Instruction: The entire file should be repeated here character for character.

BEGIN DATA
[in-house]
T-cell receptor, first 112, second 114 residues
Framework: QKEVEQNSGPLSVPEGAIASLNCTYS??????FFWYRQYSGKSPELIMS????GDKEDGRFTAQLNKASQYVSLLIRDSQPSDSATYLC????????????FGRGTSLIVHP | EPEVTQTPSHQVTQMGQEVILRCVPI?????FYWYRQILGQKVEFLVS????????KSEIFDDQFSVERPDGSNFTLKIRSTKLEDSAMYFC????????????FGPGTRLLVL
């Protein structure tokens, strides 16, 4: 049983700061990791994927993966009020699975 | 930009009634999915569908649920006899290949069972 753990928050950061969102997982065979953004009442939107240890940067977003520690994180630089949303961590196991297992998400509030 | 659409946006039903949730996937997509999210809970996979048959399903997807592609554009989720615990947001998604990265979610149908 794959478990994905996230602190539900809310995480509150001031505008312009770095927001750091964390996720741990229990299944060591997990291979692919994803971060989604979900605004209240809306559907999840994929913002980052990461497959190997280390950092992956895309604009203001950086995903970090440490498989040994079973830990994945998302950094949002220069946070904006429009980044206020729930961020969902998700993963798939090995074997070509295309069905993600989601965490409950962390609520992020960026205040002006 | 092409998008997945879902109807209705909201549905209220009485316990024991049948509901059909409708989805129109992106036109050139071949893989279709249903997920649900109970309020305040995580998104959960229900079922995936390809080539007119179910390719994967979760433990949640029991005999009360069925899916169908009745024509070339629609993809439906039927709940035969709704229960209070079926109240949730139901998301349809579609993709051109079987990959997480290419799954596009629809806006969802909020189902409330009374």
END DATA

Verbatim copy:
[in-house]
T-cell receptor, first 112, second 114 residues
Framework: QKEVEQNSGPLSVPEGAIASLNCTYS??????FFWYRQYSGKSPELIMS????GDKEDGRFTAQLNKASQYVSLLIRDSQPSDSATYLC????????????FGRGTSLIVHP | EPEVTQTPSHQVTQMGQEVILRCVPI?????FYWYRQILGQKVEFLVS????????KSEIFDDQFSVERPDGSNFTLKIRSTKLEDSAMYFC????????????FGPGTRLLVL
């Protein structure tokens, strides 16, 4: 049983700061990791994927993966009020699975 | 930009009634999915569908649920006899290949069972 753990928050950061969102997982065979953004009442939107240890940067977003520690994180630089949303961590196991297992998400509030 | 659409946006039903949730996937997509999210809970996979048959399903997807592609554009989720615990947001998604990265979610149908 794959478990994905996230602190539900809310995480509150001031505008312009770095927001750091964390996720741990229990299944060591997990291979692919994803971060989604979900605004209240809306559907999840994929913002980052990461497959190997280390950092992956895309604009203001950086995903970090440490498989040994079973830990994945998302950094949002220069946070904006429009980044206020729930961020969902998700993963798939090995074997070509295309069905993600989601965490409950962390609520992020960026205040002006 | 092409998008997945879902109807209705909201549905209220009485316990024991049948509901059909409708989805129109992106036109050139071949893989279709249903997920649900109970309020305040995580998104959960229900079922995936390809080539007119179910390719994967979760433990949640029991005999009360069925899916169908009745024509070339629609993809439906039927709940035969709704229960209070079926109240949730139901998301349809579609993709051109079987990959997480290419799954596009629809806006969802909020189902409330009374």